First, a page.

Centre football, courage and a life-saving spring break: Students discuss how instinct led the way in heroic experience
For four years, seniors Cole Littleton and Zack Mason have absorbed what Centre College football coaches drill each day in practice: a team-first approach that puts the greater good ahead of individual accolades.
“The absence of self,” Littleton said. “In a moment you’re looking to each other, not doing it for anyone else but for one another — that’s just the way ‘it’ happened.”
“It” was a life-changing event during their spring break trip to Gulf Shores, Alabama. On their final day at the beach, Littleton, Mason and teammates Greer Stone, Jacob McCarthy and Nick Grant all rushed into red-flag conditions to save two teenage girls caught in the current.
“There were five of us in the water, and someone came up to us yelling — we couldn’t hear what they were saying, but we heard a ‘HELP!’ and we saw them pointing into the water,” Mason said. “We looked and saw two girls getting caught in the current. Cole and I, we were the first two there.
Stone, McCarthy and Grant helped Littleton and Mason bring the girls to shore. In the moment, there was no question, no second-guessing from the Centre students.
“We had to,” Mason said. “We didn't have any choice — I keep saying it relates back to football, especially as an offensive lineman. You always put other people before yourself. That was the initial reaction.”
Littleton reached a girl, who he said was unresponsive. His high school lifeguard experience kicked in and he worked to get her into position where he could keep her head above water. But it wasn’t until Stone grabbed his arm that they were able to break the current and get to shore.
“I had her, and I was trying to swim with one arm, and I was still being pulled out,” Littleton said. “I turned around, and Greer grabbed my arm. He helped just as much — there's a lot to be thankful for the way it all happened.”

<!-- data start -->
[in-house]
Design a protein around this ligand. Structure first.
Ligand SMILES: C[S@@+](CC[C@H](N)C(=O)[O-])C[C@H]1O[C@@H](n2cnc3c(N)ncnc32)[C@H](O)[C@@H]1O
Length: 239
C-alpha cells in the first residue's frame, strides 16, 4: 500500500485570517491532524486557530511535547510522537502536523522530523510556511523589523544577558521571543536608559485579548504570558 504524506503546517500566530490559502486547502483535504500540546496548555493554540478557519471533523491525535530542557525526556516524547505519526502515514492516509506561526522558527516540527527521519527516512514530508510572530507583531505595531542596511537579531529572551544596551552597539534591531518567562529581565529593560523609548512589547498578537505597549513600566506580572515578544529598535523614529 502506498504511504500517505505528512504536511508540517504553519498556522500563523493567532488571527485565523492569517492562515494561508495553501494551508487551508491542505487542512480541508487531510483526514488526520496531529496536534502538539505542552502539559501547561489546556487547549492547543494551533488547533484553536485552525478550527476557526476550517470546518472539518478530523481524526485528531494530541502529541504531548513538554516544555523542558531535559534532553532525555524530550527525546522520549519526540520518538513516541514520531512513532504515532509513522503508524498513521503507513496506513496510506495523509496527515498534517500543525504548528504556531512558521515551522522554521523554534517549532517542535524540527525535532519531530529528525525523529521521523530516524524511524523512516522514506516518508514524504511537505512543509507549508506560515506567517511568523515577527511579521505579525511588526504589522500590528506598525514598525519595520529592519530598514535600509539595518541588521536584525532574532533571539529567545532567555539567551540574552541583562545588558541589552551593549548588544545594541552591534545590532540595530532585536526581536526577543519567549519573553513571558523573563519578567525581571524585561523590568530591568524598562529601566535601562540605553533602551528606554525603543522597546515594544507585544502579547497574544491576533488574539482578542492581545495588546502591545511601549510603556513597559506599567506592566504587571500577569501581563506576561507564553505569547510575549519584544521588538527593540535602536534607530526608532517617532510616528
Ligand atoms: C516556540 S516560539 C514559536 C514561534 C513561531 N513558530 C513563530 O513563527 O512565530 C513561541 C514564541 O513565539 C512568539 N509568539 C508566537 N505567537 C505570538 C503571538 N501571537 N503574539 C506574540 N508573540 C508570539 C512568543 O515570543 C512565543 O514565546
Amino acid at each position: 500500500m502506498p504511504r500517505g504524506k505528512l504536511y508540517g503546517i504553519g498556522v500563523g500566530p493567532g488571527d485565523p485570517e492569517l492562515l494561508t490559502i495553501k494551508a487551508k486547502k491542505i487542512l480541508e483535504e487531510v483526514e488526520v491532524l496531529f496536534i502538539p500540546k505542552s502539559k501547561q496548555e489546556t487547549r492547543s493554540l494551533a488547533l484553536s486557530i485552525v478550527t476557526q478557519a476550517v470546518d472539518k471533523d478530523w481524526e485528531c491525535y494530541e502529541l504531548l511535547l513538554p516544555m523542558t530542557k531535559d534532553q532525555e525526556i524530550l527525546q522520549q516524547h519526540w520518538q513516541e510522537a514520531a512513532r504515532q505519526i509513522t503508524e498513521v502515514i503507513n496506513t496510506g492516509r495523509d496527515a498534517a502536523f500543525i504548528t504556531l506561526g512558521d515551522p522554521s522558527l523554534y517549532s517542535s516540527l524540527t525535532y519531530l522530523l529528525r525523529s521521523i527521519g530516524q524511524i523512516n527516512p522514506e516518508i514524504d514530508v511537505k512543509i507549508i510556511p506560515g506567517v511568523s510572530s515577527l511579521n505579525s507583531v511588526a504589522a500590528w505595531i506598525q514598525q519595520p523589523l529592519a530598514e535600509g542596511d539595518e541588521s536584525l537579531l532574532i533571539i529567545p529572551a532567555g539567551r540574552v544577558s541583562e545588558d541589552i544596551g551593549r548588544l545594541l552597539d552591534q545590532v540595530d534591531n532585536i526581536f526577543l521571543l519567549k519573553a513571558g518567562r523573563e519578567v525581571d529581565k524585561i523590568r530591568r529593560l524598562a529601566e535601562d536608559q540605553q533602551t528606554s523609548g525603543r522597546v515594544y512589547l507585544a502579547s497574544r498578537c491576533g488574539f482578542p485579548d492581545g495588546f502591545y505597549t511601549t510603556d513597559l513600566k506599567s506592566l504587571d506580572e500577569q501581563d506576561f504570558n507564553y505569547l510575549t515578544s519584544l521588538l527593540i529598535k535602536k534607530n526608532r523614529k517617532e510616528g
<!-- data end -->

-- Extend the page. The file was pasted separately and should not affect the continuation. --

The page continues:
When they got to shore, Mason said onlookers were clapping. A man shook Mason’s hand.
Medics flew past the group and were flagged down, at which point the Centre students made way for the professionals. As Littleton and Mason rejoined their group, the gravity of the situation began to set in.
Now, after media interviews and internet buzz, Mason still can’t believe what happened.
“Since that day, I never thought publicity would come out of it,” he said. “It leaves a lot of thoughts, like why me? I feel like anyone would have done it if they were in that situation.”
But Littleton and Mason each recited the mantras that Centre football has instilled, and there was no doubt in them.
“We weren't worried about ourselves, that was just our instinct: Go help,” Littleton said. “It takes courage. Our coaches always tell us that courage is…”
“Our greatest virtue,” Mason added.
“All of the other virtues hang on courage at the point of adversity,” Littleton said. “It means a lot and it is cool to see it all translate into a real-life situation — those instincts that are developed in football across four years.”
At top: Senior football players Cole Littleton (left) and Zack Mason (right) shared their experience during a spring break trip to Gulf Shores, Alabama.